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WP-34S N-Queens Benchmark Based on Patrice Torchet's BITMAP Solution
10-20-2014, 01:07 PM
Post: #12
RE: WP-34S N-Queens Benchmark Based on Patrice Torchet's BITMAP Solution
(10-17-2014 08:02 PM)patrice Wrote:  There is a problem with the benchmark, the way it is done. It is biaised in more than one way from the beginning.

1) Algorithm chosen: is it not the most powerful. It prevent some calculators from showing their full potential. Ex: hp16C wp34s

2)THe reference source code (BASIC) is poorly written. It use a double array access in the inner loop when a single array access is enough.
- Problem, C code is allowed and C compilers are smart enough to detect that one of the array access is a constant inside the loop and optimize it. Is it fair ?
- Problem, C/RegVars code is directly using a single array access, it is an advantage. Is it fair ?
I think the array access issue is minor, and doesn't fundamentally change the algorithm (you still have to explore the same number of nodes and do exactly the same tasks.
And if a particular language has the ability to do optimization and use register variables with a simple statement or compiler switch, I personally think it's fair to include it as long as it is marked as such (Xerxes did a great job at that). Same thing with the CPU clock, turbo modes, etc. Many implementations are optimized for the particular language/calculator, but they don't change the algorithm. They solve the same problem through the same path to a solution.

(10-17-2014 08:02 PM)patrice Wrote:  - Problem, calculators are features poor. hp15c, hp16C and wp34S and many others show poor performance because they stick to the BASIC code and spend their time swaping array pointers in the innier loop. Is it fair ?

You have seen that the wp34s can be 3 times faster, that is huge. Is it fair not to show it in the benchmark?

Every program using the double array access should be rewriten to single array access, just to be fair with C/RegVars code.

Perhaps they should all use it, but that will have a relatively small impact, and requires extra storage to "cache" that value. I'd say if a calculator has extra registers and can do it, why not. Having extra registers available is a feature of the calculator and is representative of what the calculator can do.
Bit manipulations, on the other hand, is a very specialized subset of features that not all calculators have and is not representative of what the calculator can do at solving problems.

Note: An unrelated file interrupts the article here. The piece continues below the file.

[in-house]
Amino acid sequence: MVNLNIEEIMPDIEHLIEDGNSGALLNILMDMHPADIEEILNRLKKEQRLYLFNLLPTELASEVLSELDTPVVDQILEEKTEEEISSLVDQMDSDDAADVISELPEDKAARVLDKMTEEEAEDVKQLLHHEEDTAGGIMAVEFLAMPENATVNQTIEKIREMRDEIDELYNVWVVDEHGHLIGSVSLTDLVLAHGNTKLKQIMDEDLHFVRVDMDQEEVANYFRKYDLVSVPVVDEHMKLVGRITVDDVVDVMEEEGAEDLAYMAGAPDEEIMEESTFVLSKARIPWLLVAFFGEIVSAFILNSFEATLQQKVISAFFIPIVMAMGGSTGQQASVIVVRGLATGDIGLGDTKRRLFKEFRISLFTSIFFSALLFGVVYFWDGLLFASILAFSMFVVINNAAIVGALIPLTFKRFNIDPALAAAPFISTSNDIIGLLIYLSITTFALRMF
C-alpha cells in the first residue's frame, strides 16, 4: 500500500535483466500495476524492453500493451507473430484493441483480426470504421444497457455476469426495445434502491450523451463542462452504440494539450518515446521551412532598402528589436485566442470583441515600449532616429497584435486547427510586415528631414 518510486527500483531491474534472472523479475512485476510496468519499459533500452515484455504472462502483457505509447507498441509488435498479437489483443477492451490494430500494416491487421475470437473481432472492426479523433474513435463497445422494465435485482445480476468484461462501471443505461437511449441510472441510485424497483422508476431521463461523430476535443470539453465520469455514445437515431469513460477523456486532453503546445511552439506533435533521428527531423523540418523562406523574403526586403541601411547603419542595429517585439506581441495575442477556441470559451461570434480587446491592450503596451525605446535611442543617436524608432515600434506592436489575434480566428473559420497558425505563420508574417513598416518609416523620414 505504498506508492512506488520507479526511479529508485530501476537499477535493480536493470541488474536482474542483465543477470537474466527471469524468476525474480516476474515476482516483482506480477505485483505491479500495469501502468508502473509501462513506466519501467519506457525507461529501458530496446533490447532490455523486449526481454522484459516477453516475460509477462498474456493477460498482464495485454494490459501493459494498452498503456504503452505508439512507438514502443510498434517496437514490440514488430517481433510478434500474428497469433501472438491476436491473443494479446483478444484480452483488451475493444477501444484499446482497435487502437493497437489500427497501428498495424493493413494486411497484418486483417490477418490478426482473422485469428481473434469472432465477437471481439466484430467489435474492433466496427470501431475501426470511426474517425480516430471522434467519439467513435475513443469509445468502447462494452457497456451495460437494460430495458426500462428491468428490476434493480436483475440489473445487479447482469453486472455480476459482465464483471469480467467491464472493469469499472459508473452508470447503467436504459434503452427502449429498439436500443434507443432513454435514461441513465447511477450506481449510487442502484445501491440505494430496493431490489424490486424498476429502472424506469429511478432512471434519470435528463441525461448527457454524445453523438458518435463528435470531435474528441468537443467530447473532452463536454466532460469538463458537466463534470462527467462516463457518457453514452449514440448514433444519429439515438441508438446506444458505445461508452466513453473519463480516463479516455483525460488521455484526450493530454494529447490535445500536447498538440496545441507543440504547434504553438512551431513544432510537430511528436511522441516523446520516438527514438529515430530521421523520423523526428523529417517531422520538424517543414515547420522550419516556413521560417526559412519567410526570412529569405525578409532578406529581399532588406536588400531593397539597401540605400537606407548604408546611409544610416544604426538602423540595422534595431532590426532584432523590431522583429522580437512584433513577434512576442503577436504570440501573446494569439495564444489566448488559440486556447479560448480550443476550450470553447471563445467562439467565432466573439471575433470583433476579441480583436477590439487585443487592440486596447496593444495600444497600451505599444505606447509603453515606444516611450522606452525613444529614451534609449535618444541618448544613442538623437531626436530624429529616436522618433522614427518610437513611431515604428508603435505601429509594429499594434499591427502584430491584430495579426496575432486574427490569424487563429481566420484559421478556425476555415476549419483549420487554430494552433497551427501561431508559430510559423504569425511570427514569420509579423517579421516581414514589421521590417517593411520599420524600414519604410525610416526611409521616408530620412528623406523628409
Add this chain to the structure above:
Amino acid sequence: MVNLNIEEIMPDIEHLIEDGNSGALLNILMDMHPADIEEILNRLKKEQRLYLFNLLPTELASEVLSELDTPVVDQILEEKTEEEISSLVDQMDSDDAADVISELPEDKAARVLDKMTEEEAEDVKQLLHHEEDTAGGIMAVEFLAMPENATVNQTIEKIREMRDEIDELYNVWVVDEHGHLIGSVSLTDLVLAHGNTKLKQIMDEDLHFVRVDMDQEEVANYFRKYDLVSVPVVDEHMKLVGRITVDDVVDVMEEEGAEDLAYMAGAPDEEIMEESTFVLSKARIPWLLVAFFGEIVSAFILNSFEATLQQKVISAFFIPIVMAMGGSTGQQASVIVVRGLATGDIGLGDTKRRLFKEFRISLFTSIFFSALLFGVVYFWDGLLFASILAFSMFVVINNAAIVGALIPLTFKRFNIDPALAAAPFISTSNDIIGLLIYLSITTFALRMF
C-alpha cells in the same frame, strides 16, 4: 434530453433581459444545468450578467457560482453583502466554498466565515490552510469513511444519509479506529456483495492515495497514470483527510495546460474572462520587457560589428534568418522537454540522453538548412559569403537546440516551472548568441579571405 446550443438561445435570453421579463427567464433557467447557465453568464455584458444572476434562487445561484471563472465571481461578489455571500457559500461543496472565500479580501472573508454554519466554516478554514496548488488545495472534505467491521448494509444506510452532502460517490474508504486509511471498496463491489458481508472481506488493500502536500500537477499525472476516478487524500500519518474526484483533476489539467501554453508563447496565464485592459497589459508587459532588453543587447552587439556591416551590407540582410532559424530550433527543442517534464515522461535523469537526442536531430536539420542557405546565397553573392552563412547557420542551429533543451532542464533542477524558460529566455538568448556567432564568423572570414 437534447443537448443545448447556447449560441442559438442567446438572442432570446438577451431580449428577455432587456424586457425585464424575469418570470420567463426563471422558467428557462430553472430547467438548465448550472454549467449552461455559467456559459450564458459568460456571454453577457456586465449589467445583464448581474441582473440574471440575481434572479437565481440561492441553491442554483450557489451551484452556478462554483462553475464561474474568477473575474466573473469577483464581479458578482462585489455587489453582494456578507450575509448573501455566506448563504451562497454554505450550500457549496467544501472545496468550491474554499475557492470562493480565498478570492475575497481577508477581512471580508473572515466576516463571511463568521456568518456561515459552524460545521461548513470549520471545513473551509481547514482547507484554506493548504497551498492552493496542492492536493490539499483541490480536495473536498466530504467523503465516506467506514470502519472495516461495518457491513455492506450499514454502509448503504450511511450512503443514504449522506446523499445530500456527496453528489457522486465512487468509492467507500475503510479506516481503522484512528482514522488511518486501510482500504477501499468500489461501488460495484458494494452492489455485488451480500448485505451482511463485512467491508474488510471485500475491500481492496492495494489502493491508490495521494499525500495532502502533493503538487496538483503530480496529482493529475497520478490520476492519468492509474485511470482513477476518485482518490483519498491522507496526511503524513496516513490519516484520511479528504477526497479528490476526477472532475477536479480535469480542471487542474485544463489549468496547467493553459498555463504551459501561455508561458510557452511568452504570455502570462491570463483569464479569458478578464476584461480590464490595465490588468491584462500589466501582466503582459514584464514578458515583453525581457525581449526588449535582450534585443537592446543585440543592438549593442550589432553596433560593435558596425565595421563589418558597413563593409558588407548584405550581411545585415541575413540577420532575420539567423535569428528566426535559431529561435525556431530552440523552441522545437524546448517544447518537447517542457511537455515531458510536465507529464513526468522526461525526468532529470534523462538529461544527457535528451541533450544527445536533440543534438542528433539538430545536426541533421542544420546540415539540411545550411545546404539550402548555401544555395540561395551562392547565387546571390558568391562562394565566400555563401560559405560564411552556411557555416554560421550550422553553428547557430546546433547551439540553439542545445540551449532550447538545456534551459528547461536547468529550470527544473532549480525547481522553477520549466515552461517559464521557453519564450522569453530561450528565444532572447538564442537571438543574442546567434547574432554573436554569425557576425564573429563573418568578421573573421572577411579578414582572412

I'd think a lot of problems will require arrays and indexes, but not so many can be solved using bit manipulations, so it gives a better idea of what to expect from a particular calculator/language combination in the real world.
For fun, I coded a non-optimized bitmap solution (no idea if it's similar to yours, I made it up from scratch) in userRPL on the 50g, and it runs in 75 seconds instead of the 90 from the list. It's split in several routines and does heavy use of subroutine calls done by name (ugly and slow), so it's not exactly the fastest it could be, but enough to prove my point: many other calculators could benefit greatly from a bitmap approach, even the assembly and C versions could get a boost from that. Including your solution in the list would mean we have to throw away all other results and run a bitmap solution on all of them.
It's not really about being fair/unfair, it's a question of it being comparable or not to the others, and of it being representative of other problems.
I think you should open a new thread and call it the "N-Queens Calculator Competition", (emphasis on "competition" versus "benchmark") where we don't care about comparison or real-world usage, just get the job done with the fastest algorithm optimized the best you can.
I think a lot of people will start coding their own algorithms and optimizing them for different machines. It could be fun.

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IMPROVED 30% over previous post - iceman - 10-15-2014, 06:39 PM
RE: WP-34S N-Queens Benchmark Based on Patrice Torchet's BITMAP Solution - Claudio L. - 10-20-2014 01:07 PM

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